[iv] Aristotle, The politics, 1341. See Gilbert Rouget, La musique et la trance, Paris, Gallimard, 1980, p. 304. I dealt with the subject in José Miguel Wisnik, Sound and meaning – Another history of music, 3rd. Edition, São Paulo, Companhia das Letras, 2017, p. 106.

[v] “That way I intertwine / the words and compose the sound: tongue intertwined in the kiss”. Verses by the Provencal poet Bernart Marti, quoted by Giogio Agamben in Estancias – The word and the ghost in western culture, Belo Horizonte, Editora UFMG, 2007, p. 212.

[vi] I am based on Marie Naudin, Parallel evolution of poetry and music in France: Unifying role of song, Paris, AG Nizet, 1968.

[vii] See Friedrich Nietzsche, The Wagner case: a problem for musicians / Nietzsche against Wagner: a psychologist's dossier, translation notes and afterword by Paulo César de Souza, São paulo, Companhia das Letras, 1999, p. 13.

[viii] Michael Bakhtine, L'oeuvre de François Rabelais et la cultura populaire au Moyen Age et sous la Renaissance, Paris, Gallimard, 1970.

[ix] Henry Burnett, To read O birth of tragedy by Nietzsche, São Paulo, Edições Loyola, 2012 (Philosophical readings collection).

[X] Henry Burnett, To read the wagner case by Nietzsche, São Paulo, Edições Loyola, 2018 (Philosophical readings collection).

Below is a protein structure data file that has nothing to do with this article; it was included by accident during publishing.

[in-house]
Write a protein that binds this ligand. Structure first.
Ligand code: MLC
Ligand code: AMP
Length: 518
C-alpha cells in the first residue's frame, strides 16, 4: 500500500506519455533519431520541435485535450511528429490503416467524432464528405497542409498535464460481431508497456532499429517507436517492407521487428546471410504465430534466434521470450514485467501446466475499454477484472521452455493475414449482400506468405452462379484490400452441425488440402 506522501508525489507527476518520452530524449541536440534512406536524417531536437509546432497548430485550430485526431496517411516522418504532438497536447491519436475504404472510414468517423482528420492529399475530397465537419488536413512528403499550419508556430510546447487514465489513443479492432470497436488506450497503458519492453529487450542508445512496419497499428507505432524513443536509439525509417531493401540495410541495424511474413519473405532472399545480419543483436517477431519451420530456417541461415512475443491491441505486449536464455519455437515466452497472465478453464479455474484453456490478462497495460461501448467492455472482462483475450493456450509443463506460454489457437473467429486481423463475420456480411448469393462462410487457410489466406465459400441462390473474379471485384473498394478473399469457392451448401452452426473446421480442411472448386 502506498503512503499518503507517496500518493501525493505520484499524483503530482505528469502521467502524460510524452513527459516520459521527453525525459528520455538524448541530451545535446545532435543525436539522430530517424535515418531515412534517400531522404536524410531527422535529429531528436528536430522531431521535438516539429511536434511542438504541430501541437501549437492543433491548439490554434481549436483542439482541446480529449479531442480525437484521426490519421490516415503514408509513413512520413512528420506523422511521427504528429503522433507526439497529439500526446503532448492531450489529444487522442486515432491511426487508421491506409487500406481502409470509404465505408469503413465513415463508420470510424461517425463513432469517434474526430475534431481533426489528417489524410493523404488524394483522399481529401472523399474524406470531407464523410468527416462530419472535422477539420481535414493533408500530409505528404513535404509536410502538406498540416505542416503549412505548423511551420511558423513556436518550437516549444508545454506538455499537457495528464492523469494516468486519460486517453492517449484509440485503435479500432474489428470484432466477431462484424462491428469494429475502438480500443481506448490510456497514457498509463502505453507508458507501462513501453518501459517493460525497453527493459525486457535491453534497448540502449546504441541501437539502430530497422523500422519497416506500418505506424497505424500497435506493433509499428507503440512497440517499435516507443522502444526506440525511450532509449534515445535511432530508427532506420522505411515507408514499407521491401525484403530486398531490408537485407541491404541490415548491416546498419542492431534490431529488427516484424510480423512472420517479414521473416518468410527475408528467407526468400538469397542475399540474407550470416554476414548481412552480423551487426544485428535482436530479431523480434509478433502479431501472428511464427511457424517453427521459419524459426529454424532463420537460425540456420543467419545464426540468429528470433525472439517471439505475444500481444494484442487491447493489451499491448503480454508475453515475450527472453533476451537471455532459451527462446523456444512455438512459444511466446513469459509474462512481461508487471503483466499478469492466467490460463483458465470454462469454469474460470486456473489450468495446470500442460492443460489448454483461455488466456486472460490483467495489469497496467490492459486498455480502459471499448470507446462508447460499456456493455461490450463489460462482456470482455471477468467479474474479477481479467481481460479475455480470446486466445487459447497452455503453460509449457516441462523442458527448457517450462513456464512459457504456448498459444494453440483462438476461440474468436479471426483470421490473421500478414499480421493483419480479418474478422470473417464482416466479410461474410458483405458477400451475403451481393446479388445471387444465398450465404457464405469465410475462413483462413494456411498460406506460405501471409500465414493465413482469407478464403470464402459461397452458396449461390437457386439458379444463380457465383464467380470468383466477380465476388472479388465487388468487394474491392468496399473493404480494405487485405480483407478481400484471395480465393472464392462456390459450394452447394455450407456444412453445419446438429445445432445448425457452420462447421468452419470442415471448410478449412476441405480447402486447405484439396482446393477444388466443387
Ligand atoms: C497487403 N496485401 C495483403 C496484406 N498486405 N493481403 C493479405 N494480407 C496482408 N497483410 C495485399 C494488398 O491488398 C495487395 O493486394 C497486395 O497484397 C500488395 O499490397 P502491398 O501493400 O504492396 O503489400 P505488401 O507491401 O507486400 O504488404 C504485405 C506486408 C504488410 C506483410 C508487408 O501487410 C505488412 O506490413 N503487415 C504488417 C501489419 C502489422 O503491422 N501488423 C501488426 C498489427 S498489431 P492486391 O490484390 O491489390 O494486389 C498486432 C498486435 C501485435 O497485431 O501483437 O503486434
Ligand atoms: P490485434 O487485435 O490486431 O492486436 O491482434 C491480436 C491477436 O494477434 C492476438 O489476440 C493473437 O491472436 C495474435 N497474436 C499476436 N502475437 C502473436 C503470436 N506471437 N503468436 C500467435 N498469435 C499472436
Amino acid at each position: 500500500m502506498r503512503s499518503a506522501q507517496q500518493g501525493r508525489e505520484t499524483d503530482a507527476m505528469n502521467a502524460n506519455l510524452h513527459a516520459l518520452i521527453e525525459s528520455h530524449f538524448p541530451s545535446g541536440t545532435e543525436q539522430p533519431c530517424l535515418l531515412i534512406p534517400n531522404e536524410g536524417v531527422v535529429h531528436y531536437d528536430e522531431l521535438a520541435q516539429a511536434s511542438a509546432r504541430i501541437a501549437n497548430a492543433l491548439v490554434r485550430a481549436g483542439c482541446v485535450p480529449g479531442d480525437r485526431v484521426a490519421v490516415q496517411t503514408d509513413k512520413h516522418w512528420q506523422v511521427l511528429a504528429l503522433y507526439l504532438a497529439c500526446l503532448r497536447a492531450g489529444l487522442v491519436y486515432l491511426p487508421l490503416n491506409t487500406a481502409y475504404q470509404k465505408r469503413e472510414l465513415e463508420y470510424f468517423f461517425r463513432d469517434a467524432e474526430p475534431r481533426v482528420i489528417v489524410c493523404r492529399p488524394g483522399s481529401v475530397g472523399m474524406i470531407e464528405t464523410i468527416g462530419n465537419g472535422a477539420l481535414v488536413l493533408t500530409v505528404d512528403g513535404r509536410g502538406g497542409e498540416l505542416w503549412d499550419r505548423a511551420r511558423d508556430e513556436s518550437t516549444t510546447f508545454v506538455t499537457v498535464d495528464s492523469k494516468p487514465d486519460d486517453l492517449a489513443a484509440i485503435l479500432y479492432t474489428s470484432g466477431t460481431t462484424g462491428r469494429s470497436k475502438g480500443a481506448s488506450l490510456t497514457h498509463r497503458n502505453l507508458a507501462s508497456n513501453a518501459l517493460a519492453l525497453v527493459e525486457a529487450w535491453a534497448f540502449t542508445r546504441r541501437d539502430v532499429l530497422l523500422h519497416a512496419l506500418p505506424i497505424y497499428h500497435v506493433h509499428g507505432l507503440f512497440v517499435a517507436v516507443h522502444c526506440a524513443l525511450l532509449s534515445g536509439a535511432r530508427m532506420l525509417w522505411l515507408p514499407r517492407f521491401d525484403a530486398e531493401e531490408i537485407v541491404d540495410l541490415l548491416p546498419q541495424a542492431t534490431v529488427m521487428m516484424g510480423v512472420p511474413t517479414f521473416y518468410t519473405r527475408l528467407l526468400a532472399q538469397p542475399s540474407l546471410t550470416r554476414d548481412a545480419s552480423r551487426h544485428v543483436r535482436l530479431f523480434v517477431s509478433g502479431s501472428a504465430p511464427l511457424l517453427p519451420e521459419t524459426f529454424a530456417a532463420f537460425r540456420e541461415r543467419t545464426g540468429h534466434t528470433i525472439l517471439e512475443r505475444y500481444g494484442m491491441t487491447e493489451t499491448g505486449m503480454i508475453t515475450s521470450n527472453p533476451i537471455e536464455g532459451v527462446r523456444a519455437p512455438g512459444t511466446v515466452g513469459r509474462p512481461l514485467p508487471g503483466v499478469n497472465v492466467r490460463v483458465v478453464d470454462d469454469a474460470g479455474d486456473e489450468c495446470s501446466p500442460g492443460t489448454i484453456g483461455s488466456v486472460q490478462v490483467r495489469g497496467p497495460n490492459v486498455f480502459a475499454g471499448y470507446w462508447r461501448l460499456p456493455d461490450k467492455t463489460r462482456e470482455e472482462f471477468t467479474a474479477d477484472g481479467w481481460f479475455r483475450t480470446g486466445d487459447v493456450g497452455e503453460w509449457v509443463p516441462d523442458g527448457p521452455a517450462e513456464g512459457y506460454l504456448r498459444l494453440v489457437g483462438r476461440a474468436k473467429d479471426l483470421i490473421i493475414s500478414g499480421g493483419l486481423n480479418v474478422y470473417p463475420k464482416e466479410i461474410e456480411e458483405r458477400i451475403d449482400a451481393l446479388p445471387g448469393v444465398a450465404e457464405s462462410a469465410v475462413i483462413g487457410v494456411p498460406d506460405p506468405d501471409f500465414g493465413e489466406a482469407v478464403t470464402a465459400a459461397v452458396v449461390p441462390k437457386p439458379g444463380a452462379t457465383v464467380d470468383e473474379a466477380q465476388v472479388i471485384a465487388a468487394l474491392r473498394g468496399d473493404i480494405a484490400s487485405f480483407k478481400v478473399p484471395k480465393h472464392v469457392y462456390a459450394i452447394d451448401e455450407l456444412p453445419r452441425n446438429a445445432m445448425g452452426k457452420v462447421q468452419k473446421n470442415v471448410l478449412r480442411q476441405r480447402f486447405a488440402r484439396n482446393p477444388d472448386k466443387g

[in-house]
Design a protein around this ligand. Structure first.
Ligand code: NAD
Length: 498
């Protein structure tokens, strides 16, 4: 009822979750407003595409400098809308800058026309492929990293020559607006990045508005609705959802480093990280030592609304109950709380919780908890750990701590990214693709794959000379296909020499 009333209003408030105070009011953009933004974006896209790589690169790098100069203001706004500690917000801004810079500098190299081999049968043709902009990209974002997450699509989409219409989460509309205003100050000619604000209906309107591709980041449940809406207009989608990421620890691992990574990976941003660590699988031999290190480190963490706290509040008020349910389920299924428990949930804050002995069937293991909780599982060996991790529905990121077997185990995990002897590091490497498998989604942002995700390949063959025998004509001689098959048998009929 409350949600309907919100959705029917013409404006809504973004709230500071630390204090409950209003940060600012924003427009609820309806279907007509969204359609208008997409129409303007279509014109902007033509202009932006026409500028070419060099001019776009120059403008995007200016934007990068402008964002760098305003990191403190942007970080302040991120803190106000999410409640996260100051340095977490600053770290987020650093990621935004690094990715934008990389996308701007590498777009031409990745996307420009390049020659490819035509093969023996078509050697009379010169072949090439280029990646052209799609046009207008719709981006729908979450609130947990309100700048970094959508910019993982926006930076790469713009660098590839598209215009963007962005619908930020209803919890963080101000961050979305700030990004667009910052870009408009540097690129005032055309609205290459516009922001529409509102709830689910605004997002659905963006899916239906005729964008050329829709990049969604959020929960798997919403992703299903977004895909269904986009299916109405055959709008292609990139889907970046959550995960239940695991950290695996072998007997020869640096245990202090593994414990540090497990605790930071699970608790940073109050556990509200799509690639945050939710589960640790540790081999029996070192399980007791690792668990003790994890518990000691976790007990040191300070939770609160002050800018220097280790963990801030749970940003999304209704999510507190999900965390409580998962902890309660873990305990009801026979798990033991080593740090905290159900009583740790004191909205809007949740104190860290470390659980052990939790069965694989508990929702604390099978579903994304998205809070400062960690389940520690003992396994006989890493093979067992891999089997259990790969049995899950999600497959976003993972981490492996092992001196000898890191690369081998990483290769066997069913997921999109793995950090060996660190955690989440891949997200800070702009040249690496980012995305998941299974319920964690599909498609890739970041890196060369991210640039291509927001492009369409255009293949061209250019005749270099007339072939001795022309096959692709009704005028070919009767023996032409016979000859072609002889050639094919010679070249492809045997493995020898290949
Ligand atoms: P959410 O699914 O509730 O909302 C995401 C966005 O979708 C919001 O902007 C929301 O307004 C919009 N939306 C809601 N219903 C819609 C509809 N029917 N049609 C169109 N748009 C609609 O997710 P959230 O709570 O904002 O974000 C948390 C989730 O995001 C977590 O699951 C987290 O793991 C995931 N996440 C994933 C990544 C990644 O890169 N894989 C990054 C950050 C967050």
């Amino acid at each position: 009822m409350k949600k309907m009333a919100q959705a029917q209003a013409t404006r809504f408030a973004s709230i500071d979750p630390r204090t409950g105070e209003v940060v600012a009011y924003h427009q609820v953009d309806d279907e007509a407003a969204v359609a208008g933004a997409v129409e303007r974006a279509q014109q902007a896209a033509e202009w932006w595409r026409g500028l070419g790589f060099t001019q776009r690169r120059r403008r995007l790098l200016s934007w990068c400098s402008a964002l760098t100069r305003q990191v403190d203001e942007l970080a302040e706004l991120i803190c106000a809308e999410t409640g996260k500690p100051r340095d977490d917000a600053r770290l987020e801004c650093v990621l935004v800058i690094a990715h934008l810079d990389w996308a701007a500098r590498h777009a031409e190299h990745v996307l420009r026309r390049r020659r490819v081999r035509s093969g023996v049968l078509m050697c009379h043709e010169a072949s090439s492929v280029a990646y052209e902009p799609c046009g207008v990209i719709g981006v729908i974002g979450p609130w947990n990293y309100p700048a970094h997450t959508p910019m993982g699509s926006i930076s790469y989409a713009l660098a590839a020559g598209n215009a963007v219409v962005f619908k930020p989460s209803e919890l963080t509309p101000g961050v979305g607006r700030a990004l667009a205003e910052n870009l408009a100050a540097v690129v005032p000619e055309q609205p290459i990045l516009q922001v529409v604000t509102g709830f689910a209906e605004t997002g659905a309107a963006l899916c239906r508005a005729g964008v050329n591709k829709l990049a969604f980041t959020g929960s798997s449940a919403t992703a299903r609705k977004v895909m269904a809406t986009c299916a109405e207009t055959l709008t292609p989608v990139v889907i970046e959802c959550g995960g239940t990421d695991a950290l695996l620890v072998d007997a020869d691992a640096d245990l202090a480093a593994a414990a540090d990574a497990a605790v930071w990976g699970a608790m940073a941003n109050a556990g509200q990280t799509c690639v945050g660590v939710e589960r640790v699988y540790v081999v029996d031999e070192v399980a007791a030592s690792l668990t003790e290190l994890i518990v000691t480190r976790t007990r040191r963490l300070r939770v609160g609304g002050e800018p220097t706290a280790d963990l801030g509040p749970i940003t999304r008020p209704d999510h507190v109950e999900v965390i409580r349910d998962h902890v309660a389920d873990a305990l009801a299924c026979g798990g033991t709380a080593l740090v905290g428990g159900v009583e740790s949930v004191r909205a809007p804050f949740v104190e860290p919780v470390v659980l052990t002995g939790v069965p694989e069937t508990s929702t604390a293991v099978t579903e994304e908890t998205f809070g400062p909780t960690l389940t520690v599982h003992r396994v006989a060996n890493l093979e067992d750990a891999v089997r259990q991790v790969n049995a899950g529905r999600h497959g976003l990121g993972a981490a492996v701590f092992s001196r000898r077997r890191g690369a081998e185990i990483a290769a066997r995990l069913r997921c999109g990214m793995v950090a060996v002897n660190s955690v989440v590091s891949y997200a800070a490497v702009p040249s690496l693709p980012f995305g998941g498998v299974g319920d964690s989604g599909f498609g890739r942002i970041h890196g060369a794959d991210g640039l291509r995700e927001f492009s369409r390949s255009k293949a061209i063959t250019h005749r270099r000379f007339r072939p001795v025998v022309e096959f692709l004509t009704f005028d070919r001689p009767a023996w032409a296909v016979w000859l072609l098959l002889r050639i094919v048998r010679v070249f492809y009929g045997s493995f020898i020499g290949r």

[xi] Mario De Andrade, Essay on Brazilian music, São Paulo, Martins, [1968], p. 18.

[xii] See José Miguel Wisnik, “The gay science – Literature and popular music in Brazil”, in No Recipe – Essays and Songs, São Paulo, Publifolha, 2004, p. 213-239.

[xiii] Gilberto Mendes, “Music”, in Affonso Ávila (org.), the modernism, São Paulo, Perspectiva, 1975, p. 129-130.

[xiv] Augusto de Campos, hump balance, São Paulo, Perspective, 1968.

[xv] “Because all socially primitive art, like ours, is social, tribal, religious, commemorative art. It is art of circumstance. It's interested. Any art that is exclusively artistic and disinterested has no place in a primitive phase, the construction phase. It is intrinsically individualistic. Now, in a primitivistic phase, the individual who does not follow its rhythm is a pebble in the boot. (…) The current criterion of Brazilian Music must not be philosophical but social. It must be a combat criteria”. Mario De Andrade, op. cit..